Second, a factor that became important in the late 1980’s was strong and vocal support from some segments of the environmental community.  By supporting tradable permits for acid rain control, the Environmental Defense Fund seized a market niche in the environmental movement, and successfully distinguished itself from other groups.  Related to this, a third factor was that the SO2 allowance trading program, the leaded gasoline phasedown, and the CFC phaseout were all designed to reduce emissions, not simply to reallocate them cost-effectively among sources. Market-based instruments are most likely to be politically acceptable when proposed to achieve environmental improvements that would not otherwise be achieved.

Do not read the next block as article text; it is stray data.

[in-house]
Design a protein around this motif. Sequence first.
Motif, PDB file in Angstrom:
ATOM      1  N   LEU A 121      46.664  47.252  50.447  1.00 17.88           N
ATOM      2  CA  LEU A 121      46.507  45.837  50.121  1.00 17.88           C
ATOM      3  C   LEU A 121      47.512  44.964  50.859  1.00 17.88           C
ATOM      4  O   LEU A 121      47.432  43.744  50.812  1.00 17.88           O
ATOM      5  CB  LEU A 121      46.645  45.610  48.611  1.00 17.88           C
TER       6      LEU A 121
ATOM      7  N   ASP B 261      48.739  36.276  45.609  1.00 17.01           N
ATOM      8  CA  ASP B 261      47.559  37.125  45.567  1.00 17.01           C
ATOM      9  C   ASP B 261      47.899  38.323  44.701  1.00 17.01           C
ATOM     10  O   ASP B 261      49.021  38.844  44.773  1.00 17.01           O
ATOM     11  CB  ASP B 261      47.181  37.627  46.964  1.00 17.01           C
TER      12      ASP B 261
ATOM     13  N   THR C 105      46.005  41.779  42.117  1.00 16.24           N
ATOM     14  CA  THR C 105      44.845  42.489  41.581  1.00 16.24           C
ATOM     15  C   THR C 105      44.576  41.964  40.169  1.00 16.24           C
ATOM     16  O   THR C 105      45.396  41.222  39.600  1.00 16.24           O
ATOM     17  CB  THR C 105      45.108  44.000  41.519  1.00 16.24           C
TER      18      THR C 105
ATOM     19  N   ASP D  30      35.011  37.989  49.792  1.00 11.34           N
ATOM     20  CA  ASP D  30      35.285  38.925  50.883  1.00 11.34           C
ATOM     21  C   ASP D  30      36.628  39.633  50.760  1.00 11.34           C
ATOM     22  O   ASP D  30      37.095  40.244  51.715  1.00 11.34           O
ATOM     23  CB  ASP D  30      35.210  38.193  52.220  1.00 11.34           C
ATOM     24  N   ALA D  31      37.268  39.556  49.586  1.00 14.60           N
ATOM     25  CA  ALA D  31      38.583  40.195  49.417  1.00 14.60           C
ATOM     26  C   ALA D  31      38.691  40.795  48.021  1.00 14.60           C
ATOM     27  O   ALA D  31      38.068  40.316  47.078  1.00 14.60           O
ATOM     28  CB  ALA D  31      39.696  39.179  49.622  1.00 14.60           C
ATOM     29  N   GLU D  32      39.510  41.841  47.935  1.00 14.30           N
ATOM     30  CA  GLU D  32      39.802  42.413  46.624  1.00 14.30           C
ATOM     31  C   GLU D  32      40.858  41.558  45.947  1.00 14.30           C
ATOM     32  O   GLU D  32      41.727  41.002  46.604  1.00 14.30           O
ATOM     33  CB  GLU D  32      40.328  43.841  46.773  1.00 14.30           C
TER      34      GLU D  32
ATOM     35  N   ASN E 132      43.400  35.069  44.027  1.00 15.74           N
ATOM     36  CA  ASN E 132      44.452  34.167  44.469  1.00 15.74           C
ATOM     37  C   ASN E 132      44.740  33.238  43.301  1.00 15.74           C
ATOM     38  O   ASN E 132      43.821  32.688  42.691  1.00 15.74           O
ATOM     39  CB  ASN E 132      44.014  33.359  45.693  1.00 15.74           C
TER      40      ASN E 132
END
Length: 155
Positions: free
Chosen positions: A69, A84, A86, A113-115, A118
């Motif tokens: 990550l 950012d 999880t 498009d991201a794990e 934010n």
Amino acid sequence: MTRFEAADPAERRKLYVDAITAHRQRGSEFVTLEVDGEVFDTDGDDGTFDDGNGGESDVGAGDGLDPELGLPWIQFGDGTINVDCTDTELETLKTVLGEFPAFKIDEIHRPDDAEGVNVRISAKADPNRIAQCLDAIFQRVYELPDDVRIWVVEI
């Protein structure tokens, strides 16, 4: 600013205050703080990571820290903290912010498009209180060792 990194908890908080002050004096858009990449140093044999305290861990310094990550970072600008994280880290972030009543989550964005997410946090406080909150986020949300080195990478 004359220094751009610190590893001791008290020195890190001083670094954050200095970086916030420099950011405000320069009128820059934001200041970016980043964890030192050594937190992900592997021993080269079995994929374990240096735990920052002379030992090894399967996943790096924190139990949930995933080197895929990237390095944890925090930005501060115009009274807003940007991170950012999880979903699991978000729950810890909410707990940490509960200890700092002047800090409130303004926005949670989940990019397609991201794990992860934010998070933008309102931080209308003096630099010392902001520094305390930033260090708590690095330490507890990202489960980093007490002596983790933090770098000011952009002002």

Fourth, deliberations regarding the SO2 allowance system, the lead system, and CFC trading differed from previous attempts by economists to influence environmental policy in an important way:  the separation of ends from means, that is, the separation of consideration of goals and targets from the policy instruments used to achieve those targets.  By accepting – implicitly or otherwise – the politically identified (and potentially inefficient) goal, the ten-million ton reduction of SO2 emissions, for example, economists were able to focus successfully on the importance of adopting a cost-effective means of achieving that goal.

Fifth, acid rain was an unregulated problem until the SO2 allowance trading program of 1990; and the same can be said for leaded gasoline and CFC’s.  Hence, there were no existing constituencies – in the private sector, the environmental advocacy community, or government – for the status quo approach, because there was no status quo approach.  We should be more optimistic about introducing market-based instruments for “new” problems, such as global climate change, than for existing, highly regulated problems, such as abandoned hazardous waste sites.